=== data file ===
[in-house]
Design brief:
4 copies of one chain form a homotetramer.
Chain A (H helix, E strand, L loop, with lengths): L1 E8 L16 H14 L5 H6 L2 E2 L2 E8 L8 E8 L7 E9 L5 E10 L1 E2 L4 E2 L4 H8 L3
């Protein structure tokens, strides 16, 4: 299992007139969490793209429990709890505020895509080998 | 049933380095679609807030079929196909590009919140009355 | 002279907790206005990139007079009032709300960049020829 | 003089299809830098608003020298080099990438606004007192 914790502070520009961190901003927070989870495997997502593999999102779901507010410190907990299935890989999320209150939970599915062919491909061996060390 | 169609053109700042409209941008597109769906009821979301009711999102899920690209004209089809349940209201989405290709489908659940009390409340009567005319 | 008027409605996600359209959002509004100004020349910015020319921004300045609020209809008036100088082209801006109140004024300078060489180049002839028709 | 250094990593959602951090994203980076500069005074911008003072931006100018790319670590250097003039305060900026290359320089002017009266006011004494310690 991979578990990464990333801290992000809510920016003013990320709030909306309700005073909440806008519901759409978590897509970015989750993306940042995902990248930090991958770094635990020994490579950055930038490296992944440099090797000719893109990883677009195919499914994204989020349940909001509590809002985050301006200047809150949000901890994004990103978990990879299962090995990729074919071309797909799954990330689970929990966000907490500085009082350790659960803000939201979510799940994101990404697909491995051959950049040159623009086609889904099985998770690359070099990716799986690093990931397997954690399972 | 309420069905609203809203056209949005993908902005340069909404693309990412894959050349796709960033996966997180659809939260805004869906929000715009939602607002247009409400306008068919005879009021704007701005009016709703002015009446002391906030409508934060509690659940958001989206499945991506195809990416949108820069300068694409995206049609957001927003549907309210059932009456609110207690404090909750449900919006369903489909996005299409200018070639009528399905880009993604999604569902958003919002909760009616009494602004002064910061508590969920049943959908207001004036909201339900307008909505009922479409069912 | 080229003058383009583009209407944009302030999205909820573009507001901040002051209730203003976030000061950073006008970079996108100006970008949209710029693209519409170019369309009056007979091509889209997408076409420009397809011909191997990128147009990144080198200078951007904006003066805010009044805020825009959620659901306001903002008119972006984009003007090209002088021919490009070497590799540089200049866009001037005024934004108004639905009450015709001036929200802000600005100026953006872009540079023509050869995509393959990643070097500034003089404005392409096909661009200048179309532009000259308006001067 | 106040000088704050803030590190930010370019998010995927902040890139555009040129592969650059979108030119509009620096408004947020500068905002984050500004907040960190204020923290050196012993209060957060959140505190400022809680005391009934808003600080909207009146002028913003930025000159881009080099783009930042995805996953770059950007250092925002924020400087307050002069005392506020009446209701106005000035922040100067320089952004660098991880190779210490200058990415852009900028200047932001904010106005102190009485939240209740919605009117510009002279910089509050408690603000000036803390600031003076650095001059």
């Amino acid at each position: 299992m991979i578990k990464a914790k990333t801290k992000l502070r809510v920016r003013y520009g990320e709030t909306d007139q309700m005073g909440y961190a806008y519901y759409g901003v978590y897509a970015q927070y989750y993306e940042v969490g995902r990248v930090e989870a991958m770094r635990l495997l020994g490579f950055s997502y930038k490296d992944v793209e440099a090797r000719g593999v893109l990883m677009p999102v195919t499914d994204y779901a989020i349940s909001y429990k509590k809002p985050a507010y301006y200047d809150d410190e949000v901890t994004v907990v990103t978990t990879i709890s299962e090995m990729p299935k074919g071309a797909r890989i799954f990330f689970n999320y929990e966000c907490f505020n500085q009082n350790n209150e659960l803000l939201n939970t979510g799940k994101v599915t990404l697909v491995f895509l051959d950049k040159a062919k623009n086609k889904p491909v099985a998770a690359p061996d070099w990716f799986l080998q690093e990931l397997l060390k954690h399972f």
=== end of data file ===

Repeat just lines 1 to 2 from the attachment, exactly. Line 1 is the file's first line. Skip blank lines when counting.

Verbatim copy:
[in-house]
Design brief: